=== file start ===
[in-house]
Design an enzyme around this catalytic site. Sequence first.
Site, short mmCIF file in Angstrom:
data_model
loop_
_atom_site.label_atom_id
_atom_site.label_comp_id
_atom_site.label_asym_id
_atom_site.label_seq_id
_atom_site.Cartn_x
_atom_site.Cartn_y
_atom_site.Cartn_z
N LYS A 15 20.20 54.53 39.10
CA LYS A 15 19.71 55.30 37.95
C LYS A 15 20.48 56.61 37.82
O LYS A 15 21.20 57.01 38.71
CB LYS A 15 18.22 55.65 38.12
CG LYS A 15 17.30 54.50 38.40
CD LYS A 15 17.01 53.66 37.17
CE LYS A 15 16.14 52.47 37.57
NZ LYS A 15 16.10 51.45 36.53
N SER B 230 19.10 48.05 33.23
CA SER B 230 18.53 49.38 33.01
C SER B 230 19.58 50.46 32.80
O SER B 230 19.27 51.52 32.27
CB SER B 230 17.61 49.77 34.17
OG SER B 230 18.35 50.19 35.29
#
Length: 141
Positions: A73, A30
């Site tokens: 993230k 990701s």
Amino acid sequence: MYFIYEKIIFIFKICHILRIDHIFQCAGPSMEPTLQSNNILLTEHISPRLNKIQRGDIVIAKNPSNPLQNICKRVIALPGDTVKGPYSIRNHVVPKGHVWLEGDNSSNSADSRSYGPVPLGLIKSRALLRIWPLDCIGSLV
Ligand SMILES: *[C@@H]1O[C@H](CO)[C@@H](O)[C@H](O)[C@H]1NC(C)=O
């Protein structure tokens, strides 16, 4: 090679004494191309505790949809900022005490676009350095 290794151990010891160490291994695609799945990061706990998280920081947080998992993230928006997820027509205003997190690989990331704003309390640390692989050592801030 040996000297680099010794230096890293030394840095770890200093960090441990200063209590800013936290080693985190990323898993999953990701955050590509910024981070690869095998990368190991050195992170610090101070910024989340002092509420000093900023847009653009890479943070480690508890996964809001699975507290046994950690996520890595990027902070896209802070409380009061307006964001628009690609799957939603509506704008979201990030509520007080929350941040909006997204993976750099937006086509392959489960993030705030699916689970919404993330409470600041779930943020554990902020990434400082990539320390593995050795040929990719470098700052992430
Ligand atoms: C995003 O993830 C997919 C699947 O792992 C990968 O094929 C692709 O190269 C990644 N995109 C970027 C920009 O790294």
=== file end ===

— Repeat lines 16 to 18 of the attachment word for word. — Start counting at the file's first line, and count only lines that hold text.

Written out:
O LYS A 15 21.20 57.01 38.71
CB LYS A 15 18.22 55.65 38.12
CG LYS A 15 17.30 54.50 38.40